1
$\begingroup$

I have 47 years of rainfall data, like.

  days  year   rf
    1   1961    0.0
    2   1961    0.5
    3   1961    0.01
    4   1961    0.0
    5   1961    0.2
    ..  ....    .
  17153 2007    0.0
  17154 2007    0.0
  17155 2007    0.0

I was trying to find out trends in extreme events using quantreg package in R. If I plot rainfall~days and Rainfall~year, Which one gives a better information about trends in these period.

Code I used:

library(quantreg)
data <- read.csv("rfdata.csv")
data[data==-9.99e+08] = NA                      
plot(data$rf~data$year, col='black', type="p", pch=20 ,cex=.4, xlab="year", ylab="Rainfall(mm/Day)")
qr  <- abline(rq(data$rf~data$year,tau=.99), col="blue", lty=1, lwd=1)
summary(rq(data$rf~data$year,tau=.99))

enter image description here Summary1:

Coefficients:
            Value    Std. Error t value  Pr(>|t|)
(Intercept) 85.99468  4.44930   19.32771  0.00000
data$days    0.00042  0.00050    0.82377  0.41008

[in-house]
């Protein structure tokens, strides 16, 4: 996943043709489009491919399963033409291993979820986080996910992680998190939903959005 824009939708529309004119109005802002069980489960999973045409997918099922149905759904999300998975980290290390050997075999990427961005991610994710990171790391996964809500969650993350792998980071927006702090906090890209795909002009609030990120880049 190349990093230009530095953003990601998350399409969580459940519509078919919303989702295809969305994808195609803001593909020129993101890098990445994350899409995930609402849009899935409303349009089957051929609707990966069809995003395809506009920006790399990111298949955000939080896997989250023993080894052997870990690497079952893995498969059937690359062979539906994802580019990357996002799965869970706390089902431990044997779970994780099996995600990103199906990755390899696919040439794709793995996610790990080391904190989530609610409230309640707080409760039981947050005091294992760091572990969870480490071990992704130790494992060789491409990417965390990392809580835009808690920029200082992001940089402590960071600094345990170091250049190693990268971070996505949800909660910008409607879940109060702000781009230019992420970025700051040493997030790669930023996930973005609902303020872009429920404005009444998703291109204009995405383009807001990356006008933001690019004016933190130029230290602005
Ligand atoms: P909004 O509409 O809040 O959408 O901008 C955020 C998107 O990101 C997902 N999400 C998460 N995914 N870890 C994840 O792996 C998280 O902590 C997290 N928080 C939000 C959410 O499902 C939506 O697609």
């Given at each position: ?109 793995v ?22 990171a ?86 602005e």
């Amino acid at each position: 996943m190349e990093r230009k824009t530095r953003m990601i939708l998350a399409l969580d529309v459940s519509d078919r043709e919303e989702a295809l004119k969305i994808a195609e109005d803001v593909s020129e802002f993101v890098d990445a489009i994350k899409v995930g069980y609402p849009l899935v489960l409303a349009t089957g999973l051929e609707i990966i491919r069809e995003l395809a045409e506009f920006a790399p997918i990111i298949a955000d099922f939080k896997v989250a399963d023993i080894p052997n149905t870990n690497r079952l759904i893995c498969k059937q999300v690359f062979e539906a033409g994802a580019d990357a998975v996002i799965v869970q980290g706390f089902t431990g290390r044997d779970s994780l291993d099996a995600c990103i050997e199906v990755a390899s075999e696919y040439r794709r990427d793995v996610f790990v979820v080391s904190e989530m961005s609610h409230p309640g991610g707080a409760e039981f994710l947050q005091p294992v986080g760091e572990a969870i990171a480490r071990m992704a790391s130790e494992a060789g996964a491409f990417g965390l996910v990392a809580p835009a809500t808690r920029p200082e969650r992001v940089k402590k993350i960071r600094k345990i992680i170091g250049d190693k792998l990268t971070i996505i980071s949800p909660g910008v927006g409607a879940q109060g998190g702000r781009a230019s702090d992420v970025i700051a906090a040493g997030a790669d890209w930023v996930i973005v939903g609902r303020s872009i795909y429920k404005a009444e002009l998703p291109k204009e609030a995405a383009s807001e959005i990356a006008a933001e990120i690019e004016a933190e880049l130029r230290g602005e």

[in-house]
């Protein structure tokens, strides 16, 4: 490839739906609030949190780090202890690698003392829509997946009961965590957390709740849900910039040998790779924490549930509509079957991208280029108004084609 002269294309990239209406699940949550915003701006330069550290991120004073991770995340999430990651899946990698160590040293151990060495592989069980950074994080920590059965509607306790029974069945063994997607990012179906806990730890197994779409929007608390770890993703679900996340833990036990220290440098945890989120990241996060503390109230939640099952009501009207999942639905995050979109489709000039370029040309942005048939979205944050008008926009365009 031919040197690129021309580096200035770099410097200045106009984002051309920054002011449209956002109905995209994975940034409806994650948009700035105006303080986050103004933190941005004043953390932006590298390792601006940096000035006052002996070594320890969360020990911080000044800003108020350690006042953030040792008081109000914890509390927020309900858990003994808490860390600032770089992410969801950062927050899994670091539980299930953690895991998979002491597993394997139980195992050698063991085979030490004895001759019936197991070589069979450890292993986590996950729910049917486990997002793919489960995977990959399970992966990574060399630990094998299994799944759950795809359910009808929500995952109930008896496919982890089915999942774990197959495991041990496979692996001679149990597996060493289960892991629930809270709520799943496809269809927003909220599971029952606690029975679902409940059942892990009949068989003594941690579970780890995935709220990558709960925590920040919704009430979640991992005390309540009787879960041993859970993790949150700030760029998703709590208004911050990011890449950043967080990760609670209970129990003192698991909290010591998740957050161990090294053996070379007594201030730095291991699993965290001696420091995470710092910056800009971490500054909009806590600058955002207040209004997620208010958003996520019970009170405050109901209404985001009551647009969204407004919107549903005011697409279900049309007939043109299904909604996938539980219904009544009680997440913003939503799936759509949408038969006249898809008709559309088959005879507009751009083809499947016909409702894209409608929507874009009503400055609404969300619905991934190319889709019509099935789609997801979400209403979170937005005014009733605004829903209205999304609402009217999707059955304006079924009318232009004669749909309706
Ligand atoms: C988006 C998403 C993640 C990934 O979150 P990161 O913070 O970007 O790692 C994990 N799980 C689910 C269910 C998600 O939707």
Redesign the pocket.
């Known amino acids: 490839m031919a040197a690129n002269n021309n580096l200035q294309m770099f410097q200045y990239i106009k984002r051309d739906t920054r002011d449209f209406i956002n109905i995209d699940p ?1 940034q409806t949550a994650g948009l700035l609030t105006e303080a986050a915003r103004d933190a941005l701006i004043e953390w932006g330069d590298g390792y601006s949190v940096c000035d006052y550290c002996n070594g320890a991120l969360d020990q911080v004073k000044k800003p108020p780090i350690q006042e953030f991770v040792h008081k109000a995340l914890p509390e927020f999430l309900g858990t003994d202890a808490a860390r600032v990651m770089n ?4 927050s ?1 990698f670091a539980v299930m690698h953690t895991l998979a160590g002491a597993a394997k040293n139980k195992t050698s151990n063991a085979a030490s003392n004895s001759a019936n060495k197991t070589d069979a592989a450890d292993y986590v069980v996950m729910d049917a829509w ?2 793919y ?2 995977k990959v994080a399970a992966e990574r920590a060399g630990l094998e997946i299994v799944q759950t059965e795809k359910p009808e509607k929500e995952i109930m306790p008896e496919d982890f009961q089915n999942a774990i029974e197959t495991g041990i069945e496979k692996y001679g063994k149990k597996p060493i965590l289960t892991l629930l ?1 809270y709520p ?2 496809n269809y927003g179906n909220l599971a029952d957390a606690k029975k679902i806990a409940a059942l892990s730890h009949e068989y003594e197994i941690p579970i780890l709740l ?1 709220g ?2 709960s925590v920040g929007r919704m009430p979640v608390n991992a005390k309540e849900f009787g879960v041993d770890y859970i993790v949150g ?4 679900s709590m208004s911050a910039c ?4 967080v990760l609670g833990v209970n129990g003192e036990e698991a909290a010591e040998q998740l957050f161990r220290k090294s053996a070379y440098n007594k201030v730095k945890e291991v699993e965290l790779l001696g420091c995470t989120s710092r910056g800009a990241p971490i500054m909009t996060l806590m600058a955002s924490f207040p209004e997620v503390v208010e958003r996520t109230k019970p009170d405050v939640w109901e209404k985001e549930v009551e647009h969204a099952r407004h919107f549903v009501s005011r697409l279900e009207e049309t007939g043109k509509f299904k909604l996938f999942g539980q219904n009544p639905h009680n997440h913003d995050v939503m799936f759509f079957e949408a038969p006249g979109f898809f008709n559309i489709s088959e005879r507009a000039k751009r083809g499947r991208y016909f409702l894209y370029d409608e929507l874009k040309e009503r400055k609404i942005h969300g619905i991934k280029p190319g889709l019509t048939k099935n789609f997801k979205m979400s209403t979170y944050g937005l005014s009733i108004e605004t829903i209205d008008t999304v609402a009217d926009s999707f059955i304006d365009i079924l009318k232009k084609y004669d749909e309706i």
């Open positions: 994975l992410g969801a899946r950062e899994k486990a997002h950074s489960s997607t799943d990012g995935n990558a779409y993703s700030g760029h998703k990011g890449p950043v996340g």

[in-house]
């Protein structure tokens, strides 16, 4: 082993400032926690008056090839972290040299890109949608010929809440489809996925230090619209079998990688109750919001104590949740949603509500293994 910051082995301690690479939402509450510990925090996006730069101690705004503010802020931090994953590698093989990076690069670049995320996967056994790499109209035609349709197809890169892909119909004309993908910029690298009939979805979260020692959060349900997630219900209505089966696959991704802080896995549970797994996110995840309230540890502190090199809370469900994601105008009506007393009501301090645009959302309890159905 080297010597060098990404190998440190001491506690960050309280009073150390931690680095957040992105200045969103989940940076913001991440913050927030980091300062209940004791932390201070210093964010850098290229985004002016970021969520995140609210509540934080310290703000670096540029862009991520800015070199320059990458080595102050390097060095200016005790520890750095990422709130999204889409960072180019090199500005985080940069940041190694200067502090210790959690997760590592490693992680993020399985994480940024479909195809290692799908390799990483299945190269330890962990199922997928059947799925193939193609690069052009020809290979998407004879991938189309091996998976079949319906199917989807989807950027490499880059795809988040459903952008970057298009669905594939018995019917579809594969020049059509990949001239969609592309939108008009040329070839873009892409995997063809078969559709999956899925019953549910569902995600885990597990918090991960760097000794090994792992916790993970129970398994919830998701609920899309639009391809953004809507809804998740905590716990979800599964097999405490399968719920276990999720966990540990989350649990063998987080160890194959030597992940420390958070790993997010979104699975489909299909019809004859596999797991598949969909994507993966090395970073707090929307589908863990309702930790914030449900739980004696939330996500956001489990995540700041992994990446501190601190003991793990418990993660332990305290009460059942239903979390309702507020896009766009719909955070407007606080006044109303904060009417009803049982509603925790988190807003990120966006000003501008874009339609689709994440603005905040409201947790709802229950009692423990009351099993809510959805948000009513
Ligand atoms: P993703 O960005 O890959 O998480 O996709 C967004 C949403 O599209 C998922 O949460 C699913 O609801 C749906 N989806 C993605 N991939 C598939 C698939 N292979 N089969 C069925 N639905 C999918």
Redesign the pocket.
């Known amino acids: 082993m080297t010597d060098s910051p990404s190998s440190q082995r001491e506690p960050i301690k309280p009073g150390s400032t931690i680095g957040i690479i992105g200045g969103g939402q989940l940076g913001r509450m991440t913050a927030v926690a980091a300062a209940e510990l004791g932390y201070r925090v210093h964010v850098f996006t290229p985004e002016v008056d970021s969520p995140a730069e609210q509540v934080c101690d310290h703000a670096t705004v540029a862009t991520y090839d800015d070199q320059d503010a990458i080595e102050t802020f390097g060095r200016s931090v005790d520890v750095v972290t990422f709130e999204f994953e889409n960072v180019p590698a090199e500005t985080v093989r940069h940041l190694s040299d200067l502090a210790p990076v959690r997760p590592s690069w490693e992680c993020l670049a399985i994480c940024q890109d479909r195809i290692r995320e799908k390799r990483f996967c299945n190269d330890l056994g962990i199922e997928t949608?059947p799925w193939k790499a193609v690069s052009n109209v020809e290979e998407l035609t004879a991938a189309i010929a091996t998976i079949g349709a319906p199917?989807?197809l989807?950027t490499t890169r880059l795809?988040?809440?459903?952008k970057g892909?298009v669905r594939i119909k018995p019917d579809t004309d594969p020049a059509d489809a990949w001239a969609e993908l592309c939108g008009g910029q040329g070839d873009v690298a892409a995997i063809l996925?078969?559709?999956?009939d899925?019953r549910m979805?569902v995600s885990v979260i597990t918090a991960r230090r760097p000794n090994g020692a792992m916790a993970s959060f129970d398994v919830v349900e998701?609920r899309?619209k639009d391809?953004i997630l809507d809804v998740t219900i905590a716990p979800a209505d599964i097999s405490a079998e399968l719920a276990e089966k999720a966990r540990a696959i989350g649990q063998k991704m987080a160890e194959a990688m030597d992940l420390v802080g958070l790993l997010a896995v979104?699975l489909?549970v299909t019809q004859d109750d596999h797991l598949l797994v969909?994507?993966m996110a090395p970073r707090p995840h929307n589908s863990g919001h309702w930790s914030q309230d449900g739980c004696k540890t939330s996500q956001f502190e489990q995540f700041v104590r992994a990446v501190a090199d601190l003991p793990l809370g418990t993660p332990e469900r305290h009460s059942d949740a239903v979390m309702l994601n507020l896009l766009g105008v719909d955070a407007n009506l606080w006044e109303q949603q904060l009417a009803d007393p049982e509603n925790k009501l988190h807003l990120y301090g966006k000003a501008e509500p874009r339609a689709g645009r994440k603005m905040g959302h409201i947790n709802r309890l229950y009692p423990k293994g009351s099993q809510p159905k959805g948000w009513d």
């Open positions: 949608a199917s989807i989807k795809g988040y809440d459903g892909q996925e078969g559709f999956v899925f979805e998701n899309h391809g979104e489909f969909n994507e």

enter image description here Summary2:

Coefficients:
            Value      Std. Error t value    Pr(>|t|)  
(Intercept) -210.20522  914.34116   -0.22990    0.81817
data$year      0.15109    0.46042    0.32816    0.74279
$\endgroup$
  • $\begingroup$ They're just different. At first blush, seasonality is just noise from the point of view of determining whether there is long-term trend. On the other hand, changing seasonality may just be part of climatic change, but you need more than the first analysis to look at that. By the way, regressing on year has a ludicrous side-effect. Your intercept is negative (which is physically absurd) and has massive uncertainty, because it is for year == 0, way outside the data, and the confidence intervals widen away from the centre of the data. Better to regress on e.g. year $-$ 1980 or year $-$ 2000. $\endgroup$ – Nick Cox Sep 22 '17 at 13:40
  • $\begingroup$ For more discussion see stats.stackexchange.com/questions/65900/… and references there. $\endgroup$ – Nick Cox Sep 22 '17 at 13:45

Your Answer

By clicking “Post Your Answer”, you agree to our terms of service, privacy policy and cookie policy

Browse other questions tagged or ask your own question.